Influenza Causes Deaths From Heart and Respiratory Disease

Collins SD. Excess mortality from causes other than influenza and pneumonia during influenza epidemics. Pub Health Rep 1932 Nov 11;47:2159-2179. Data from 35 cities betweem 1917 and 1929. "A study of excess mortality from all causes during the various respiratory epidemics that have occurred during the past 15 years indicates that in every one the excess mortality from all causes was appreciably higher than the excess mortality credited to influenza and pneumonia. If this situation were true of only one or two of the epidemics, it might be assumed that an unrelated epidemic of some other disease occurred simultaneously with the influenza epidemic; but when every outbreak repeats the phenomenon, it can hardly be concluded that the excess deaths from causes other than influenza and pneumonia are unrelated to the excess deaths from influenza and pneumonia." "In the case of organic heart diseases there was a peak, corresponding in time with the influenza peak, for practically every epidemic... Nephritis and diabetes both had some peaks corresponding in time to the influenza peaks, but they were smaller and less definite than in the case of organic heart diseases. Cerebral hemorrhage showed peaks during some of the epidemics."

Collins - Pub Health Rep 1932 full article / PubMed Central (pdf, 31 pp)

Acute respiratory-tract infections and risk of first-time acute myocardial infarction. CR Meier, SS Jick, LE Derby, C Vasilakis, H Jick. Lancet 1998 May 16;351(9114):1467-1471. 1922 cases and 7649 matched controls. "The odds ratios, adjusted for smoking and body-mass index, for first-time AMI in association with an acute respiratory-tract infection 1-5, 6-10, 11-15, or 16-30 days before the index date (compared with participants who had no such infection during the preceding year) were 3.6 (95% CI 2.2-5.7), 2.3 (1.3-4.2), 1.8 (1.0-3.3), and 1.0 (0.7-1.6); (test for trend p<0.01). The case-crossover analysis showed a relative risk of 2.7 (1.6-4.7) for AMI in relation to an acute respiratory-tract infection in the 10 days before the index date."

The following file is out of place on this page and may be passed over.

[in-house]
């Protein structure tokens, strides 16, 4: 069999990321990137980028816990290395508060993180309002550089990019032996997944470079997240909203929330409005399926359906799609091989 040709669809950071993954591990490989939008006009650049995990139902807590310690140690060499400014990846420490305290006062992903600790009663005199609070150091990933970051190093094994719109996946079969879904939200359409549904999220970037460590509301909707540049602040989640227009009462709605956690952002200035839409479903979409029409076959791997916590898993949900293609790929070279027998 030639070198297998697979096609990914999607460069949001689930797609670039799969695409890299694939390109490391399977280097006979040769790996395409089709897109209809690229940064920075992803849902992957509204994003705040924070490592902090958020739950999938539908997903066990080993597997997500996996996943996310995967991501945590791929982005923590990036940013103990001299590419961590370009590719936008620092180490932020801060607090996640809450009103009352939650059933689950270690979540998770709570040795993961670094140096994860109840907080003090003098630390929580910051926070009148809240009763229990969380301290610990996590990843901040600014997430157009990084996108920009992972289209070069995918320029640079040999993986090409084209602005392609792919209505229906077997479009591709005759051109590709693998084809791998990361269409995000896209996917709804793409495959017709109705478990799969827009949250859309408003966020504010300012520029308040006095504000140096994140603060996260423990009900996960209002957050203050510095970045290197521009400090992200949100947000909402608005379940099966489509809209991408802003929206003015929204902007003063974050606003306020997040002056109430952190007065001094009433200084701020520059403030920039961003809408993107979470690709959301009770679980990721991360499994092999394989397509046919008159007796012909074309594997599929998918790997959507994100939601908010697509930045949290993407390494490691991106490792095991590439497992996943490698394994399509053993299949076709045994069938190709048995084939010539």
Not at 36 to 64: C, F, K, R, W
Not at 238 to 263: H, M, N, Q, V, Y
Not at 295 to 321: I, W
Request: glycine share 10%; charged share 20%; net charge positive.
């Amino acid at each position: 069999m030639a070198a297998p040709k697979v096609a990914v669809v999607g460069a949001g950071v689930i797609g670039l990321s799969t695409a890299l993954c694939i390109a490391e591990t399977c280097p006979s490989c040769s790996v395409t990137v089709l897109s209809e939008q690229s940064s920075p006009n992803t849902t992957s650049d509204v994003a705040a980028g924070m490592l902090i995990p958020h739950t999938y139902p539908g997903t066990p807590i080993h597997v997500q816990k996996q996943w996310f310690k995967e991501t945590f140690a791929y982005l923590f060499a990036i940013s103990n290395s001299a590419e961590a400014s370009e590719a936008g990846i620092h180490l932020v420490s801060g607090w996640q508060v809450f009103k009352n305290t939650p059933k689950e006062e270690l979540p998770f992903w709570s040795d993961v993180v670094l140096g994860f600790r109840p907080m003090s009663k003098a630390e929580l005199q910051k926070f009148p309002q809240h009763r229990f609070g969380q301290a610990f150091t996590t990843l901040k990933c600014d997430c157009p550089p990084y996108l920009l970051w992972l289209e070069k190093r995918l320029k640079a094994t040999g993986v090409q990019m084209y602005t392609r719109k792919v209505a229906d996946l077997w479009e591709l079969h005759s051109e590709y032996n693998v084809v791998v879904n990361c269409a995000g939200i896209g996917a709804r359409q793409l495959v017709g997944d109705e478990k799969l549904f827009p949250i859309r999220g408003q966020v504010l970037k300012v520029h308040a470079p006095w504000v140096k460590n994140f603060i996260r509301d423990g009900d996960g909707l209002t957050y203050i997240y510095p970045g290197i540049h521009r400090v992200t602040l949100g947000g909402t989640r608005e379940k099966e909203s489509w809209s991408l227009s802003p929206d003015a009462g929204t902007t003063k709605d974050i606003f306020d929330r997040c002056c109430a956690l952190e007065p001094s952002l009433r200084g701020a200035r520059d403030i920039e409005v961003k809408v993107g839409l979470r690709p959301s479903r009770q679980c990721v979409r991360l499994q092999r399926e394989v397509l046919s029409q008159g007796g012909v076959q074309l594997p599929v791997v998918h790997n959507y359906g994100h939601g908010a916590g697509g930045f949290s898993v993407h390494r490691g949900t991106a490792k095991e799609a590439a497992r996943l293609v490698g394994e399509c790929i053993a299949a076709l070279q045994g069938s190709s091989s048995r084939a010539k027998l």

Meier - Lancet 1998 abstract / PubMed

Influenza and cardiovascular disease: a new opportunity for prevention and the need for further studies. M Madjid, M Naghavi, S Litovsky, SW Casscells. Circulation 2003 Dec 2;108(22):2730-276. Review. "Whereas the majority of the suspected infectious agents play their atherogenic role by initiating or aggravating a chronic vascular or systemic inflammatory process, influenza may have a rather different effect by triggering destabilization of already present vulnerable plaques." Vaccines and neuraminidase inhibitors could prevent at least 36,450 to 72,900 CVD deaths per year.

Madjid / Circulation 2003 full article

Risk of myocardial infarction and stroke after acute infection or vaccination. L Smeeth, SL Thomas, AJ Hall, R Hubbard, P Farrington, P Vallance. N Engl J Med 2004 Dec 16;351(25):2611-2618. 20,486 persons with a first myocardial infarction and 19,063 persons with a first stroke who received influenza vaccine. "There was no increase in the risk of myocardial infarction or stroke in the period after influenza, tetanus, or pneumococcal vaccination. However, the risks of both events were substantially higher after a diagnosis of systemic respiratory tract infection and were highest during the first three days (incidence ratio for myocardial infarction, 4.95; 95 percent confidence interval, 4.43 to 5.53; incidence ratio for stroke, 3.19; 95 percent confidence interval, 2.81 to 3.62). The risks then gradually fell during the following weeks. The risks were raised significantly but to a lesser degree after a diagnosis of urinary tract infection. The findings for recurrent myocardial infarctions and stroke were similar to those for first events."